A groundbreaking stop smoking programme, which has the potential to save up to 2,000 lives and 4,000 hospital readmissions a year, has been launched across South Yorkshire and Bassetlaw.
The QUIT Programme is being delivered by South Yorkshire and Bassetlaw Integrated Care System (SYB ICS) in partnership with Yorkshire Cancer Research, five local authorities and local Stop Smoking Services.
Based on evidence from successful smaller schemes in Ottawa and in Greater Manchester, QUIT is the largest project of its kind in the world and will transform the way smoking is tackled by the NHS in the region.
Rather than seeing smoking as a lifestyle choice, hospital staff across eight NHS Trusts in South Yorkshire and Bassetlaw now recognise it as tobacco addiction – a medical condition they have a responsibility to treat as part of patients’ routine hospital care.
So, every hospital patient in the region over the age of 12 years who smokes will now have access to nicotine replacement treatments (NRT) and specialist stop smoking support during their hospital stay from 45, trained Tobacco Treatment Advisers funded by Yorkshire Cancer Research.
Community-based stop smoking services will play a key role, ensuring medication and support is continued after patients leave hospital to give them the best chance of beating their tobacco addiction.
Dr Richard Jenkins, Chief Executive of Barnsley Hospital NHS Foundation Trust and Senior Responsible Officer for the QUIT Programme said: “We know that smoking is the single greatest cause of preventable death, disability and illness so the QUIT initiative makes perfect sense – especially when it is our job as health professionals to reduce harm to health.
“We spend over £26m a year on smoking-related hospital admissions in South Yorkshire and Bassetlaw. QUIT has the potential to save thousands of lives and hospital re-admissions here.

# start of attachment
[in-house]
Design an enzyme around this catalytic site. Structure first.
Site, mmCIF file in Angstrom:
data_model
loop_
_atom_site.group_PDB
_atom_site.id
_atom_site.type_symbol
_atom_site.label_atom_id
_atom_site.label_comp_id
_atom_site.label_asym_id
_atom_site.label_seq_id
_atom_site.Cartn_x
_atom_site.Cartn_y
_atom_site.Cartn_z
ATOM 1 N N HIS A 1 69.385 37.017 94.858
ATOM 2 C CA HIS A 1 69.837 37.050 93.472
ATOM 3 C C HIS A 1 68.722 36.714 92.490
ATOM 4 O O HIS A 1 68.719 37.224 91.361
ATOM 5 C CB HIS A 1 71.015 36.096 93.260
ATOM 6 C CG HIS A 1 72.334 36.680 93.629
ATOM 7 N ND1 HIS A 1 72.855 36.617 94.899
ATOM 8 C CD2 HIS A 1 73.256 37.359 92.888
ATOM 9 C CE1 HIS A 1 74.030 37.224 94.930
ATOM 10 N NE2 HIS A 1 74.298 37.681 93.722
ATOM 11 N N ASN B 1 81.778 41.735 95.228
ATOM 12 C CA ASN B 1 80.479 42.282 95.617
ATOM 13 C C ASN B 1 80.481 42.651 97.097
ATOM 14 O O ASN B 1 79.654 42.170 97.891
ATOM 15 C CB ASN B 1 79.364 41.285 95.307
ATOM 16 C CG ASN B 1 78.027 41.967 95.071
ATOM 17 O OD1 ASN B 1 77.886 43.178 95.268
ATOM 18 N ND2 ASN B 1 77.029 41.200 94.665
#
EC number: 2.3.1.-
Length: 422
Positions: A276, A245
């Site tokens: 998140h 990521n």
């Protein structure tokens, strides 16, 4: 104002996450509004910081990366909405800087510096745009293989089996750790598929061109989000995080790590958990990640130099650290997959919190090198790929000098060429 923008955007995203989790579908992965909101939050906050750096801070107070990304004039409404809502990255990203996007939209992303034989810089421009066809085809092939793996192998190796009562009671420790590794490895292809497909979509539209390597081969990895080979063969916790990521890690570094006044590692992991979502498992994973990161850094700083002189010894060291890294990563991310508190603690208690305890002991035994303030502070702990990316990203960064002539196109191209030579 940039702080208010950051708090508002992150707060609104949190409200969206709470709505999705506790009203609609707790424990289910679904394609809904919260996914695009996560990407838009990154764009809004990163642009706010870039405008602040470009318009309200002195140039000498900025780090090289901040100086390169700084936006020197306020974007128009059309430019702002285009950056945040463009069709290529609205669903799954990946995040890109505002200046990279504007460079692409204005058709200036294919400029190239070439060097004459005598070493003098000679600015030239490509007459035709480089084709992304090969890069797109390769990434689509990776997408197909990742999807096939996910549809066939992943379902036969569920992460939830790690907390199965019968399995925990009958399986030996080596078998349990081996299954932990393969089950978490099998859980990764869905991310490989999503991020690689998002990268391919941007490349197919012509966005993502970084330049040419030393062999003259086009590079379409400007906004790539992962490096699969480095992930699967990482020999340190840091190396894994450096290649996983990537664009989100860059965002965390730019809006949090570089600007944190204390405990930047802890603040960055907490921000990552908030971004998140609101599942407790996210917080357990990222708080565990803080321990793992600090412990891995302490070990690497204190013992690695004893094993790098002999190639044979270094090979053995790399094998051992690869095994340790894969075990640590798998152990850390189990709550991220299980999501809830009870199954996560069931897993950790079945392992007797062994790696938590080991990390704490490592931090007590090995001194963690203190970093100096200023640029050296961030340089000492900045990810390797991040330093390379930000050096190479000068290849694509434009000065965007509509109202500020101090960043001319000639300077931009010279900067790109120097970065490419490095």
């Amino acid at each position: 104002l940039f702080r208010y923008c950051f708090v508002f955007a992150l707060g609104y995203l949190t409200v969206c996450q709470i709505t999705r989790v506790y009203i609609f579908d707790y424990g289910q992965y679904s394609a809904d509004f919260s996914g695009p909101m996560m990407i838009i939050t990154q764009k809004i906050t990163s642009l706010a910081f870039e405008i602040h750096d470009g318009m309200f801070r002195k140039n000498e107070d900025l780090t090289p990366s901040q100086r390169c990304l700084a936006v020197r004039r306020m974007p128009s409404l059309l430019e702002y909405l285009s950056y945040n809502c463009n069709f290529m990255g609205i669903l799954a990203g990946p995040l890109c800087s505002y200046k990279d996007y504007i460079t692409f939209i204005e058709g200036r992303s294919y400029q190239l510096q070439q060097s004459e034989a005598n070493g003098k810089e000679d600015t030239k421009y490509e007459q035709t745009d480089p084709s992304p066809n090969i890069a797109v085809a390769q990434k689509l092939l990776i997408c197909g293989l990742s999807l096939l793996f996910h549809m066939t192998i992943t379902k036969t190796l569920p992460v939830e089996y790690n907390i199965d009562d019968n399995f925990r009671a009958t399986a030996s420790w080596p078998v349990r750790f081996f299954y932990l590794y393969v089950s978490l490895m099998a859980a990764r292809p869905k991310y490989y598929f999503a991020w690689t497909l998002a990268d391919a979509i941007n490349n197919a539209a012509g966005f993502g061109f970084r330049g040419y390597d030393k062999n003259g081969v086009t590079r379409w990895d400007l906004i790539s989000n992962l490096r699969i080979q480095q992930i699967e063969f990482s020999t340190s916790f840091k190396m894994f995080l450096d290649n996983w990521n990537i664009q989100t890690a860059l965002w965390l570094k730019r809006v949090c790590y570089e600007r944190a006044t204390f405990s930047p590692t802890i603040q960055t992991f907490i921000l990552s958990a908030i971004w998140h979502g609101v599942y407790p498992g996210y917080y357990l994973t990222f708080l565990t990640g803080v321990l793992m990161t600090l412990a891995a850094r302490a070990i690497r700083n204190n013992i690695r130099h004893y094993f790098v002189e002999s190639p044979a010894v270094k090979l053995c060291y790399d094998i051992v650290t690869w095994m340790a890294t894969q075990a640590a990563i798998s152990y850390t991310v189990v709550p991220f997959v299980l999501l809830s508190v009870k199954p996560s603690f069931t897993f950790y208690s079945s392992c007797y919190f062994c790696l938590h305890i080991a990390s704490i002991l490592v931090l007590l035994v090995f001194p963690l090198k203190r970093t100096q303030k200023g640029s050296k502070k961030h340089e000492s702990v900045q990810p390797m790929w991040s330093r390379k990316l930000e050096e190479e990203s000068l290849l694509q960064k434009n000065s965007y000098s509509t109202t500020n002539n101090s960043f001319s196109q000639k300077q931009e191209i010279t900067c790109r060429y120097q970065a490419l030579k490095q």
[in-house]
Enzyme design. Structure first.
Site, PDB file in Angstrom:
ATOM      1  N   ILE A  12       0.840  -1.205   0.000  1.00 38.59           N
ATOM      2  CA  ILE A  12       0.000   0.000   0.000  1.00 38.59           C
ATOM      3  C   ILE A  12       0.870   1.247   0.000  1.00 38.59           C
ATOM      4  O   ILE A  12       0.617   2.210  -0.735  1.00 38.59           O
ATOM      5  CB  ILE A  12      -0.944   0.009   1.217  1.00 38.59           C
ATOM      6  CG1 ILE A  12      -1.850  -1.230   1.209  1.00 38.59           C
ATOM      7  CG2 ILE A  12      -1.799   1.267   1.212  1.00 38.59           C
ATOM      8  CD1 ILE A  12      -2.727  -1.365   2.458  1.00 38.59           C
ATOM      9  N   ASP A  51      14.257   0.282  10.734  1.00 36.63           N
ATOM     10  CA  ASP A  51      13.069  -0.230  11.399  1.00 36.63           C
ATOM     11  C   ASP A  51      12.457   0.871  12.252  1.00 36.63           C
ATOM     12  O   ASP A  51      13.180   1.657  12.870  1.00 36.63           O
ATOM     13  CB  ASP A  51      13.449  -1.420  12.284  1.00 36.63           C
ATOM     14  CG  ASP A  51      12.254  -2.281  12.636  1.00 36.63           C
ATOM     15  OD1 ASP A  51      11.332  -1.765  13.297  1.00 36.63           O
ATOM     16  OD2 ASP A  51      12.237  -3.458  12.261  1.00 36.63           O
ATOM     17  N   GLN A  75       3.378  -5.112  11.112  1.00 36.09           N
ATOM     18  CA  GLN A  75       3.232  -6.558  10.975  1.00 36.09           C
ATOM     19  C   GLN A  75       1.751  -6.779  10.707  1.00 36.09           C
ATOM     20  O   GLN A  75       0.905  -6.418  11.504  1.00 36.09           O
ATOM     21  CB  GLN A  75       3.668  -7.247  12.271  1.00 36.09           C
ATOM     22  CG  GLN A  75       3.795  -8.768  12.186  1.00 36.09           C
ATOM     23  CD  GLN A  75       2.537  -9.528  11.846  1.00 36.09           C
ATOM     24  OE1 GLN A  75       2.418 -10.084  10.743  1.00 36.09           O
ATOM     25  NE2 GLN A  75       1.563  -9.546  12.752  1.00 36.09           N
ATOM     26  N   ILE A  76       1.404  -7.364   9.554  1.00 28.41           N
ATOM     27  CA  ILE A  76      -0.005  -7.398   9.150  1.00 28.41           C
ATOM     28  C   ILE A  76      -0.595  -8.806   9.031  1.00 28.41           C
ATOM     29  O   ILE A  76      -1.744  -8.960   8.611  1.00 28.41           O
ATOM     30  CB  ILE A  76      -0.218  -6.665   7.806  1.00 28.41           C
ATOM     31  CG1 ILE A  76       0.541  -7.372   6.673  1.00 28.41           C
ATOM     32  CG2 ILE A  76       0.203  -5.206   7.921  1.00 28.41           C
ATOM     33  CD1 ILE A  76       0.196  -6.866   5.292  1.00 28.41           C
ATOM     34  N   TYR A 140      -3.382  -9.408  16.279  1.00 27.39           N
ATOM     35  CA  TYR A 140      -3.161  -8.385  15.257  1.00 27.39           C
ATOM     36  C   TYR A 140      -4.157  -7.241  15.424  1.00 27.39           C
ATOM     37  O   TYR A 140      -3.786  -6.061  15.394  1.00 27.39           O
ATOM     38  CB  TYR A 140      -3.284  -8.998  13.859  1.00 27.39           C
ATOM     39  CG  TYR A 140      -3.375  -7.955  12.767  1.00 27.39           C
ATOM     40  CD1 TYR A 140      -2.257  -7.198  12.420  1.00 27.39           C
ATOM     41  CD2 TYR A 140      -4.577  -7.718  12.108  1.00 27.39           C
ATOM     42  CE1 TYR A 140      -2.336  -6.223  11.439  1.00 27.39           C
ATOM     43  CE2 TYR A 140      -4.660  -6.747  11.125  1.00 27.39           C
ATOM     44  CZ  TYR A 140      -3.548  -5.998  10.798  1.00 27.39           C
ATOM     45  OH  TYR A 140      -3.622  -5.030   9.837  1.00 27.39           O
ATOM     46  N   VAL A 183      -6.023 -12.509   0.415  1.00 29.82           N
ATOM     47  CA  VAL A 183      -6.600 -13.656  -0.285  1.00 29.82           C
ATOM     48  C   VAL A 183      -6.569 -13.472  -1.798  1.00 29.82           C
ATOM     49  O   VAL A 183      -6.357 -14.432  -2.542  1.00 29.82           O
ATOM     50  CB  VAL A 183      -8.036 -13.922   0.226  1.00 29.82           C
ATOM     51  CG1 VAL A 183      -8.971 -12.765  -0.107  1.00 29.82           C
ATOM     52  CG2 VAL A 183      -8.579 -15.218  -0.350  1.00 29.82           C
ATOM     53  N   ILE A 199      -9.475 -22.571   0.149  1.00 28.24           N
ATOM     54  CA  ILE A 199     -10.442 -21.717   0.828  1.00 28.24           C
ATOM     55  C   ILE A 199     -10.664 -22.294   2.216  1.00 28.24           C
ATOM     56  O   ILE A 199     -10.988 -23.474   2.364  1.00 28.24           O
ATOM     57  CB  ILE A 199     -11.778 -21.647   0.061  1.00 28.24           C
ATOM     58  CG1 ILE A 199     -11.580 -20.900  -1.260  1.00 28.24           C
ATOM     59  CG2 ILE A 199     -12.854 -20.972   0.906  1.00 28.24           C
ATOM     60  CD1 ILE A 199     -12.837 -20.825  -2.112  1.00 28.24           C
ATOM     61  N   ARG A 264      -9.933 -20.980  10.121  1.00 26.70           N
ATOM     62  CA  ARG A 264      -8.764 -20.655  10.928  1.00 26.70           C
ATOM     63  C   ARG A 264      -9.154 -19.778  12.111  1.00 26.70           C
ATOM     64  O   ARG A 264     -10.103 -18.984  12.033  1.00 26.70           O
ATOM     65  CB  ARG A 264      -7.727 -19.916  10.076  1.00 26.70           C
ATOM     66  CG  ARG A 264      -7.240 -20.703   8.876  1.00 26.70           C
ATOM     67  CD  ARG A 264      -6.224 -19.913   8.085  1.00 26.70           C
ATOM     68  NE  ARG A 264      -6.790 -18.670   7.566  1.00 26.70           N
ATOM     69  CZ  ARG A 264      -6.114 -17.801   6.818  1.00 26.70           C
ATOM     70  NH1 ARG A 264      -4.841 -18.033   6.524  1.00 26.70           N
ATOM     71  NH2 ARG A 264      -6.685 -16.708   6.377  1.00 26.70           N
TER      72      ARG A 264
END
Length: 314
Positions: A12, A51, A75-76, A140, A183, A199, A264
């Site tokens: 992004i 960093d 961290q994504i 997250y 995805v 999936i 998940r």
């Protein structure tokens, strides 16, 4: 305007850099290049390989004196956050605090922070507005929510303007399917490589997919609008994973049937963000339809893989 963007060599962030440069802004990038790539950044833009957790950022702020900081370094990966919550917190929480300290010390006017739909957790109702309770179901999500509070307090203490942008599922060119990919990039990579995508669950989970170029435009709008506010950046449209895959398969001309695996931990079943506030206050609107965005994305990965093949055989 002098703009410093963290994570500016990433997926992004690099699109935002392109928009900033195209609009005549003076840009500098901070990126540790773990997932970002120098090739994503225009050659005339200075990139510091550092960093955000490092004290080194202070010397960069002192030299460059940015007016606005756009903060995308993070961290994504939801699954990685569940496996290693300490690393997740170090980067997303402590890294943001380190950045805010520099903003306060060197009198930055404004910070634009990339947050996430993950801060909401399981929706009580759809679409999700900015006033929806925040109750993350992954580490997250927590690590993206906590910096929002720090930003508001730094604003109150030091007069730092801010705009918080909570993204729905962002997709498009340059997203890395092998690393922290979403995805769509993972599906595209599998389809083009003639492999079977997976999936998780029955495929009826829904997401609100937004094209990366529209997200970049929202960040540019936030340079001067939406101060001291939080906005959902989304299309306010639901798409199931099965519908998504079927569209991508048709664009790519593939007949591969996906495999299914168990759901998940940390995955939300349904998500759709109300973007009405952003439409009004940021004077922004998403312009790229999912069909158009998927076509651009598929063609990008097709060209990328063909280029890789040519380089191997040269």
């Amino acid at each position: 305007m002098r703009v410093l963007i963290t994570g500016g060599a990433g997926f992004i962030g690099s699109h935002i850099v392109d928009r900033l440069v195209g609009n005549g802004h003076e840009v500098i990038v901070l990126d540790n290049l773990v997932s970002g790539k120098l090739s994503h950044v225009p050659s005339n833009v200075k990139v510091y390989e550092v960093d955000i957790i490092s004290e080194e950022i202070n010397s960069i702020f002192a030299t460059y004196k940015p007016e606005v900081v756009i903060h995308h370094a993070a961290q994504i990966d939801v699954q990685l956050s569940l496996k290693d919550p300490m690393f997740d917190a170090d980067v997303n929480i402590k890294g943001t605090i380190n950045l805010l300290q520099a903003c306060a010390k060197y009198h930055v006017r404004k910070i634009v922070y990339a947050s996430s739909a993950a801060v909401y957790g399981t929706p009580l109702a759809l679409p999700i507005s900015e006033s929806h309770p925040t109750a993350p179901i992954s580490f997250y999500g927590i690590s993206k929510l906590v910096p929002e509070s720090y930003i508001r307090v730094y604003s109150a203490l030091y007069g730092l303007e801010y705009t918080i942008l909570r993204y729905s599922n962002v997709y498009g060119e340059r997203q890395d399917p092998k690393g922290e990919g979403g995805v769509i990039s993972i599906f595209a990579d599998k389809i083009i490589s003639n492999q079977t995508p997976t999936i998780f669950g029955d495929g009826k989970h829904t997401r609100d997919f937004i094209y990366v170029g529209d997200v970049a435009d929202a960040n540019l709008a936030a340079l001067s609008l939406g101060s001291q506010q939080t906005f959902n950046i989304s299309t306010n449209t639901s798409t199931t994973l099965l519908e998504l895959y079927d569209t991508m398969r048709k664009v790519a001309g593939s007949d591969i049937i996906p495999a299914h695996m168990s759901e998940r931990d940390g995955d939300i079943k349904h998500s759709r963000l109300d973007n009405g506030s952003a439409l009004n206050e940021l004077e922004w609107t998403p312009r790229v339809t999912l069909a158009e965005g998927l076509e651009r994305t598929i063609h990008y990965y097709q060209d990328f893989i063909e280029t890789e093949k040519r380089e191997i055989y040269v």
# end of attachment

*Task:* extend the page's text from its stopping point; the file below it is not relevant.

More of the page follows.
“By treating tobacco addiction, we will save lives, decrease inequalities in health and save the NHS money that can be reinvested in new services.”
Nearly 200,000 people smoke in South Yorkshire and Bassetlaw - more than half of those will die prematurely from smoking-related illness, losing on average 10 years of life.
It is hoped the systematic, region wide approach to actively treating tobacco addiction will help bring smoking rates down to below 10 per cent by 2024, saving thousands of lives.
Yorkshire Cancer Research has provided £1.8m in funding to support the QUIT Programme and Chief Executive Dr Kathryn Scott said: “It is estimated that 1,350 cancers diagnosed in South Yorkshire every year are caused by smoking. The QUIT Programme will help Yorkshire Cancer Research reach huge numbers of people in the region with the support they need to stop smoking for good, reduce their risk of premature death from a wide range of smoking-related cancers and save countless families from distress and heartbreak.”
The first Yorkshire Cancer Research funded Tobacco Treatment Advisers are now in post at Barnsley Hospitals NHS Foundation Trust and Rotherham Doncaster and South Humber NHS Foundation Trust (RDaSH).
QUIT forms the first part of a broader Healthy Hospitals Programme across South Yorkshire and Bassetlaw and is also a key strand of the local Tobacco Control Alliances’ plans.
The Programme will also offer advice and support to parents of child patients who smoke and all NHS staff who smoke will have access to NRT treatments and specialist support. Every hospital site in the region is working towards being completely smoke-free.